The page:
Situation Report

A weekly digest of national security, defense, and cybersecurity news from Foreign Policy reporters Jack Detsch and Robbie Gramer, formerly Security Brief. Delivered Thursday.

Situation Report: The Battlefield Impact of Badruddin Haqqani’s Death

The lag after the Haqqani hit, Pentagon makes progress on the 'holy grail,' Stephen Walt on Allen's "upbeat assessment," Mike Mullen at FP and more.

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The battlefield impact of Badruddin Haqqani’s death last week may not be felt until next year. We’re told that Badruddin, thought to be one of the top operational commanders of the Haqqani network, had approved another two months of missions that are already in the works. But because the fighting season will end at about the same time as they do, the effect of his death won’t be clear until next spring, when fighting resumes. "You have a potential loss of a key leader, but you’re about 60 days out of closing the fighting season, so that potentially masks the impact because of the timeframe," a senior ISAF official told FP. Still, the official said, the coalition expects to see "reduced capacity" from the Haqqani network.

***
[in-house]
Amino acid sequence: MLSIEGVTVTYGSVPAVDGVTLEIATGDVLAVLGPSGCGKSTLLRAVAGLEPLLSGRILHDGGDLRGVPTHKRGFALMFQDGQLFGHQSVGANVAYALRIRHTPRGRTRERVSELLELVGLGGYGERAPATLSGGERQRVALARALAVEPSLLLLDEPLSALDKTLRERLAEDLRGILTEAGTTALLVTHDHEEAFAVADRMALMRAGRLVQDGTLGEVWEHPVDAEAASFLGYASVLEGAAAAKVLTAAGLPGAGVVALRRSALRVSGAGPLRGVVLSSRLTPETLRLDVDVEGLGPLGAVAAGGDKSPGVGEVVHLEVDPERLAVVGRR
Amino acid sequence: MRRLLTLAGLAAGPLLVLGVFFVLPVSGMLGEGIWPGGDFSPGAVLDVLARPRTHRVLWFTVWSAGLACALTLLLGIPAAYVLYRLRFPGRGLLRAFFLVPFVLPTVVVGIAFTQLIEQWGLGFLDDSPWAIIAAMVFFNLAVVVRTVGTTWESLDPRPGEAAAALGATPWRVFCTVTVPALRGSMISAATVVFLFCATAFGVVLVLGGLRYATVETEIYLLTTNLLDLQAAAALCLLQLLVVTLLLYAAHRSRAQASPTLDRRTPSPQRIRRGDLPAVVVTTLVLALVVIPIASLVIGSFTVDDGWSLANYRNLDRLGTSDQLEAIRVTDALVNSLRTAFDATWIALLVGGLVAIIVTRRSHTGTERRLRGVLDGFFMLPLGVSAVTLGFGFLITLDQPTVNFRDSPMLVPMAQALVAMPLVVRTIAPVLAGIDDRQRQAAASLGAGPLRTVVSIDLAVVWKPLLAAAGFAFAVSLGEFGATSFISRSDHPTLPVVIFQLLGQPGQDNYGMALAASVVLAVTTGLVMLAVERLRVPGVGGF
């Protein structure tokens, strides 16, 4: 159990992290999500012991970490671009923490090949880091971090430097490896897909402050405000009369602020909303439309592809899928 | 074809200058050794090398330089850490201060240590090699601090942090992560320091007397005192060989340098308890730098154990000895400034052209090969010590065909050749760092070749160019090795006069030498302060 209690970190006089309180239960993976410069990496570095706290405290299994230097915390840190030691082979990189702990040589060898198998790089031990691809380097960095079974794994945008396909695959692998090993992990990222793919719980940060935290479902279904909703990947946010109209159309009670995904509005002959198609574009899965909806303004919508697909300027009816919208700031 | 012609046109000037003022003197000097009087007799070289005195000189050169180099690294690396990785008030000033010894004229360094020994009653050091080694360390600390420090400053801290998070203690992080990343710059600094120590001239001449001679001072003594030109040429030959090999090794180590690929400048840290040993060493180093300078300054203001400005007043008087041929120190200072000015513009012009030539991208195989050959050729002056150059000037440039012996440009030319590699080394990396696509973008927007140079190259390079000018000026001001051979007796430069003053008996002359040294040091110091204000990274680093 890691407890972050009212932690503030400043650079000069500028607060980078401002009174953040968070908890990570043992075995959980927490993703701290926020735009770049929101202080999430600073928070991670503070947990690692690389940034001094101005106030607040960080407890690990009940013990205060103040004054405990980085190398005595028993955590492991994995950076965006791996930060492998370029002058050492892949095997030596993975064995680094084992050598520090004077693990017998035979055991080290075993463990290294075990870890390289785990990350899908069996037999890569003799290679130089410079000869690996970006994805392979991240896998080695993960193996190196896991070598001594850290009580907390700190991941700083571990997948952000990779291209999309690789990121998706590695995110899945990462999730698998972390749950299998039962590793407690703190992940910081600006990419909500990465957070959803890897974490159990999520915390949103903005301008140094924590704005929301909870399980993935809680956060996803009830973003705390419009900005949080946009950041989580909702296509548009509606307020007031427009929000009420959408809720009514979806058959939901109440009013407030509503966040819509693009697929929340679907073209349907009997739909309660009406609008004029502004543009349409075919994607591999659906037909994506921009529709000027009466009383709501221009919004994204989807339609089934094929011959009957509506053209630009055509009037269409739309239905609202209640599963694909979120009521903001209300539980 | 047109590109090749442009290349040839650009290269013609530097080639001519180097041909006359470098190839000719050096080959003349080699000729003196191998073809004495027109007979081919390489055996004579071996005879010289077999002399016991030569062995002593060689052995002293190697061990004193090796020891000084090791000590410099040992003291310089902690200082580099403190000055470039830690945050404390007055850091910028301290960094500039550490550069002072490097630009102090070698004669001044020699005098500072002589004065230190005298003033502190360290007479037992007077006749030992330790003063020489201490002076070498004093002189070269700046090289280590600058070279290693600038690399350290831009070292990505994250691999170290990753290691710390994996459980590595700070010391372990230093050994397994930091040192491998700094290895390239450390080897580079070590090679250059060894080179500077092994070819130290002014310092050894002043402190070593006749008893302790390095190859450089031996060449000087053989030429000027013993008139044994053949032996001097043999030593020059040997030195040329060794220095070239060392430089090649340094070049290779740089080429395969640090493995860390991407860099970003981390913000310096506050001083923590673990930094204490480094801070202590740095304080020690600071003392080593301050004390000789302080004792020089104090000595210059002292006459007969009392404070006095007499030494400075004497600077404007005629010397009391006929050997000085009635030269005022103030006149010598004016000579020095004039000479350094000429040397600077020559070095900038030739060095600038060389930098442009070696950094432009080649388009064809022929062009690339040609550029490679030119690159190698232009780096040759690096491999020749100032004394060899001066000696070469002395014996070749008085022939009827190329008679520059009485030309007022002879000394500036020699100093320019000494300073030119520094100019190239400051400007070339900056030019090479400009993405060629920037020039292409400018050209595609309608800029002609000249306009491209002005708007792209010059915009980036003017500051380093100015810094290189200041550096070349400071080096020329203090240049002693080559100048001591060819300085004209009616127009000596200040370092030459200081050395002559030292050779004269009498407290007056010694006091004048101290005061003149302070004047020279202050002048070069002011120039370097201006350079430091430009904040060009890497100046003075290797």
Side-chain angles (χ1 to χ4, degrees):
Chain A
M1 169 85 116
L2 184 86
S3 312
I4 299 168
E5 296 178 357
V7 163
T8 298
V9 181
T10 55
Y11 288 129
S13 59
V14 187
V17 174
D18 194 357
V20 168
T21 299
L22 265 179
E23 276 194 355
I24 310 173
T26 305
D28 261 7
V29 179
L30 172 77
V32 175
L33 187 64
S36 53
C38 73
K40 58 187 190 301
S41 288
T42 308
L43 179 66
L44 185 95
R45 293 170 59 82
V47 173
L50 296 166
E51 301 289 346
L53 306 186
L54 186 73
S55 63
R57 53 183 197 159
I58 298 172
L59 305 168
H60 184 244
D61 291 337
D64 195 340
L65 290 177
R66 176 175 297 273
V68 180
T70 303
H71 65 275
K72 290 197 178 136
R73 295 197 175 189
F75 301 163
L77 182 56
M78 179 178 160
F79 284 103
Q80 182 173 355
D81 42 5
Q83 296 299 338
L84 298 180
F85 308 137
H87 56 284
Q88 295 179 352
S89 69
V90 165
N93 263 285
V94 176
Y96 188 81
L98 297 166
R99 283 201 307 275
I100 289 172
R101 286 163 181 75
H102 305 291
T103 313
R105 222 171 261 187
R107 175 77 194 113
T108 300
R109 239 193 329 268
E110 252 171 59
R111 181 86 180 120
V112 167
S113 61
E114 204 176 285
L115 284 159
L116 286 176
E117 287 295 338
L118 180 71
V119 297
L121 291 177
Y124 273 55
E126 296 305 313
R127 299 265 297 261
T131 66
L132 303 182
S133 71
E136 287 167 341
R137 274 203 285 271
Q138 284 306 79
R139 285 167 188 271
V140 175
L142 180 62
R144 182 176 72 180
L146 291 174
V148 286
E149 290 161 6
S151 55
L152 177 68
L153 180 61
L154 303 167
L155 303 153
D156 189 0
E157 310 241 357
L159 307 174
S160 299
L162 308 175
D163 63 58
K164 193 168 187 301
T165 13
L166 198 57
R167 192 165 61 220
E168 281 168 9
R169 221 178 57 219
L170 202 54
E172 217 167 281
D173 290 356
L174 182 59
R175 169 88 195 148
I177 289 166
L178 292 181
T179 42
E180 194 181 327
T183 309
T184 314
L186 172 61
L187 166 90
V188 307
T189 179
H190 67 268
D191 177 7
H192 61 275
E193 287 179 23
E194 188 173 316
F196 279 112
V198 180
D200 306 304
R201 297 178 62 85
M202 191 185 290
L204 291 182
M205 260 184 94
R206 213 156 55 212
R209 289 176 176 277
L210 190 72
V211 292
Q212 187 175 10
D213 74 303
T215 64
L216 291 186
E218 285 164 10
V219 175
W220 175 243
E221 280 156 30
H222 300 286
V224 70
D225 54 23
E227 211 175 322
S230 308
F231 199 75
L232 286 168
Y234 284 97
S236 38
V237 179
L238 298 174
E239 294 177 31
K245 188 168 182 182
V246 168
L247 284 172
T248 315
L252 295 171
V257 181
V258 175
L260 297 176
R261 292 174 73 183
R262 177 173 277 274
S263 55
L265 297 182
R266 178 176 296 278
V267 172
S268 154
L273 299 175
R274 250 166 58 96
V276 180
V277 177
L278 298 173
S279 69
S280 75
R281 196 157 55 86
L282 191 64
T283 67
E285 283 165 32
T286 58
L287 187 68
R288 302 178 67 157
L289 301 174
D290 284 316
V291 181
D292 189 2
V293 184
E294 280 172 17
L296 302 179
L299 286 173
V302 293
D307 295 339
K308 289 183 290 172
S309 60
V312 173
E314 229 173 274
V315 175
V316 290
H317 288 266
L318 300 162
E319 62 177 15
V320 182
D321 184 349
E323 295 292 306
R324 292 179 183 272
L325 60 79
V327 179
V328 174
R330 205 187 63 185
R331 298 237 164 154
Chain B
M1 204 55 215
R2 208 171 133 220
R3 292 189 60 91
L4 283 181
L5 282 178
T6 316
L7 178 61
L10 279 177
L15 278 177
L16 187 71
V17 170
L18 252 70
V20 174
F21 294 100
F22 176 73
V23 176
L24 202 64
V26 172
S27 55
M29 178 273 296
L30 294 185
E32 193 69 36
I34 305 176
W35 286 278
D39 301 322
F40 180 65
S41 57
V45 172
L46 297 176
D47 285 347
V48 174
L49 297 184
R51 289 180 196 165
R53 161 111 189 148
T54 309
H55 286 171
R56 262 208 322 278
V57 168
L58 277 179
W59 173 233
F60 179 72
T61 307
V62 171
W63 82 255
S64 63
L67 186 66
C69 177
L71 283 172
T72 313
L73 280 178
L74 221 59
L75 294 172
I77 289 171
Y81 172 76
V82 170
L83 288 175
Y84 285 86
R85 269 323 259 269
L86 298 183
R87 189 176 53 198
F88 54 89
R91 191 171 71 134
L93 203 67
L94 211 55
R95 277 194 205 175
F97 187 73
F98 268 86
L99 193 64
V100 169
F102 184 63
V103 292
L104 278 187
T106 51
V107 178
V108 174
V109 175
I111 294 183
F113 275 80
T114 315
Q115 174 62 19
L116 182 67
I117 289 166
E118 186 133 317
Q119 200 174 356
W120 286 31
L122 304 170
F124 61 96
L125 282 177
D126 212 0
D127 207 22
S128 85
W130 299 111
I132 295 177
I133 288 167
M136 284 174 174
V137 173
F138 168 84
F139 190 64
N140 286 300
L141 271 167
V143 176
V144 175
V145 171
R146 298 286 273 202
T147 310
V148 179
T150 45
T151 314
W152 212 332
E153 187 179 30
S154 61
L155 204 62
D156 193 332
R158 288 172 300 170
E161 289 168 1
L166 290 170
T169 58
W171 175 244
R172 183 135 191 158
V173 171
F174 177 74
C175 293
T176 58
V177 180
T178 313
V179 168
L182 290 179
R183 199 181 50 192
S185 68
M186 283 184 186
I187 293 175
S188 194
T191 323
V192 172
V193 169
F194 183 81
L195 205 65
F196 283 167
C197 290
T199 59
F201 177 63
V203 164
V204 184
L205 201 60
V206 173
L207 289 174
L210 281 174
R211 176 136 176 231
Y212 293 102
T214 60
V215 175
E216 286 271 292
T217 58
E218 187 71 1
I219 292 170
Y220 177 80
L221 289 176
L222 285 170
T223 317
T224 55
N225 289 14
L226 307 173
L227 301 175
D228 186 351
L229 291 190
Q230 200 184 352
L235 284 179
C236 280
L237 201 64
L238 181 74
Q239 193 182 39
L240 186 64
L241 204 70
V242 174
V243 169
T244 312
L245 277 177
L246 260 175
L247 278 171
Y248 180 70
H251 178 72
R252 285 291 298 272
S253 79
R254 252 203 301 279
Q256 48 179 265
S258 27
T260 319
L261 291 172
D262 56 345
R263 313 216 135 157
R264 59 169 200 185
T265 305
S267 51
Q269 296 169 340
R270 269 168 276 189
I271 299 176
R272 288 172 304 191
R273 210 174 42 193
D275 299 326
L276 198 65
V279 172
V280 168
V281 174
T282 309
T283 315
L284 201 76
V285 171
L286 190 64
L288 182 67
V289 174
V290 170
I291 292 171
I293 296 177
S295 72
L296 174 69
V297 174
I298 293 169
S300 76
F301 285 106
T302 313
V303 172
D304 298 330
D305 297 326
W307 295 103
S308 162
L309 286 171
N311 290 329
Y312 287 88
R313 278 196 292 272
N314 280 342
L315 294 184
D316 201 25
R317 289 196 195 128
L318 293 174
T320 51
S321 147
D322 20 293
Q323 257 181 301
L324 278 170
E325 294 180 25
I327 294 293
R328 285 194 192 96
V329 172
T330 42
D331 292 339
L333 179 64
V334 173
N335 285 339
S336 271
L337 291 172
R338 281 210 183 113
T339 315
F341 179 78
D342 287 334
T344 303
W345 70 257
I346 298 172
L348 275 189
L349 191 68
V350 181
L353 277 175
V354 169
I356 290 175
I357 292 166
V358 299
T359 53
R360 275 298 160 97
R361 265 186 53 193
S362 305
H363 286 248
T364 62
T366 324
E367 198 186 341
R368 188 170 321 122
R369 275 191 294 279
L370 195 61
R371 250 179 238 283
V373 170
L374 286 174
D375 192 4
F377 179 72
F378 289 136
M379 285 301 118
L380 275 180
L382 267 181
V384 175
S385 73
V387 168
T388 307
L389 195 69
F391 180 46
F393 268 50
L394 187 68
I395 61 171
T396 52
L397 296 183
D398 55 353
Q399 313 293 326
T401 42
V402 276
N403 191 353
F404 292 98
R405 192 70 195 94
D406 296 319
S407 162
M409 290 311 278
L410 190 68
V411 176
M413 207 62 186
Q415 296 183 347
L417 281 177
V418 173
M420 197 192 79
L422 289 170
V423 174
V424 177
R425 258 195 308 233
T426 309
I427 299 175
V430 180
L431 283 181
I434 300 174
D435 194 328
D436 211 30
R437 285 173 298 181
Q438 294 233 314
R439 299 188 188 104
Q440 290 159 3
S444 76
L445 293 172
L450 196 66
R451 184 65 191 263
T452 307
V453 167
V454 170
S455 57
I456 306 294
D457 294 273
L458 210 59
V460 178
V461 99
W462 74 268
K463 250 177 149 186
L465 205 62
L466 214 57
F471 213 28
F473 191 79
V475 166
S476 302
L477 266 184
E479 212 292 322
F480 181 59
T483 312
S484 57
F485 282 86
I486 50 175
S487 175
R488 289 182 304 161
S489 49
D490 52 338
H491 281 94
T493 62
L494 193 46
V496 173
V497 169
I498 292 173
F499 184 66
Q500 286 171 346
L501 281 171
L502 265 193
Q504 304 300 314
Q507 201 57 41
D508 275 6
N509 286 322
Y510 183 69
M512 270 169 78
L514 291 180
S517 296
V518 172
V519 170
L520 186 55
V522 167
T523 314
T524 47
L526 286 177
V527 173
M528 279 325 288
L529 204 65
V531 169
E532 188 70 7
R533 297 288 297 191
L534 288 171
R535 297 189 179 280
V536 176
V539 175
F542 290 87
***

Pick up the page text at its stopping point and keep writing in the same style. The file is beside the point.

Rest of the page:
Revenues keep Haqqani alive. The network is a Pashtun group that is considered responsible for numerous attacks in Afghanistan but that operates with relative impunity from within tribal areas across the border in Pakistan’s North Waziristan. It is one of the best-organized groups because of various and well-established streams of revenue, including from the sale of both licit and illicit commodities. "A critical capability of the Haqqani network is its financial capacity, which distinguishes them from other insurgent groups operating in Afghanistan," wrote the Institute for the Study of War’s Jeff Dressler, who this week released a research paper on the group. "Because of its diversified and robust revenue streams, the Haqqani Network brings to bear a powerful and growing fighting force in Afghanistan."